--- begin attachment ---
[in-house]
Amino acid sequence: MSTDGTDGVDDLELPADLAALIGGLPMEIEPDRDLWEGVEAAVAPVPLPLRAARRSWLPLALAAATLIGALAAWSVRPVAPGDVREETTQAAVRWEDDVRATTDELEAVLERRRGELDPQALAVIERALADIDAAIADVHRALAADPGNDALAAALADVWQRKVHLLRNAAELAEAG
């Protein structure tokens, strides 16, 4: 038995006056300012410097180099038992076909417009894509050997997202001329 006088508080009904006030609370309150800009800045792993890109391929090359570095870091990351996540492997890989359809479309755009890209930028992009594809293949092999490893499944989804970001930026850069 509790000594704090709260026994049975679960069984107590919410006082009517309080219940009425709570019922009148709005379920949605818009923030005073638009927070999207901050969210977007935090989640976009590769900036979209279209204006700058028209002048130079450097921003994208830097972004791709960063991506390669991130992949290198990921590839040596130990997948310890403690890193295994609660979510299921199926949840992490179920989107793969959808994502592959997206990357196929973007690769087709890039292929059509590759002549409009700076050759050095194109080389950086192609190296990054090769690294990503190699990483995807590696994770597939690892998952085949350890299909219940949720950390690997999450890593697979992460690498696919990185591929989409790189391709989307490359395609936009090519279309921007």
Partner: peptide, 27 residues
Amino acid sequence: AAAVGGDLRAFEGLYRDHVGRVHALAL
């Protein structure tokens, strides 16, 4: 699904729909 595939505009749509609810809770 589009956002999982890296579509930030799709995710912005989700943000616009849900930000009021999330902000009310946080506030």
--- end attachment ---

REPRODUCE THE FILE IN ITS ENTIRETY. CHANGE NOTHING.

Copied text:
[in-house]
Amino acid sequence: MSTDGTDGVDDLELPADLAALIGGLPMEIEPDRDLWEGVEAAVAPVPLPLRAARRSWLPLALAAATLIGALAAWSVRPVAPGDVREETTQAAVRWEDDVRATTDELEAVLERRRGELDPQALAVIERALADIDAAIADVHRALAADPGNDALAAALADVWQRKVHLLRNAAELAEAG
């Protein structure tokens, strides 16, 4: 038995006056300012410097180099038992076909417009894509050997997202001329 006088508080009904006030609370309150800009800045792993890109391929090359570095870091990351996540492997890989359809479309755009890209930028992009594809293949092999490893499944989804970001930026850069 509790000594704090709260026994049975679960069984107590919410006082009517309080219940009425709570019922009148709005379920949605818009923030005073638009927070999207901050969210977007935090989640976009590769900036979209279209204006700058028209002048130079450097921003994208830097972004791709960063991506390669991130992949290198990921590839040596130990997948310890403690890193295994609660979510299921199926949840992490179920989107793969959808994502592959997206990357196929973007690769087709890039292929059509590759002549409009700076050759050095194109080389950086192609190296990054090769690294990503190699990483995807590696994770597939690892998952085949350890299909219940949720950390690997999450890593697979992460690498696919990185591929989409790189391709989307490359395609936009090519279309921007």
Partner: peptide, 27 residues
Amino acid sequence: AAAVGGDLRAFEGLYRDHVGRVHALAL
């Protein structure tokens, strides 16, 4: 699904729909 595939505009749509609810809770 589009956002999982890296579509930030799709995710912005989700943000616009849900930000009021999330902000009310946080506030």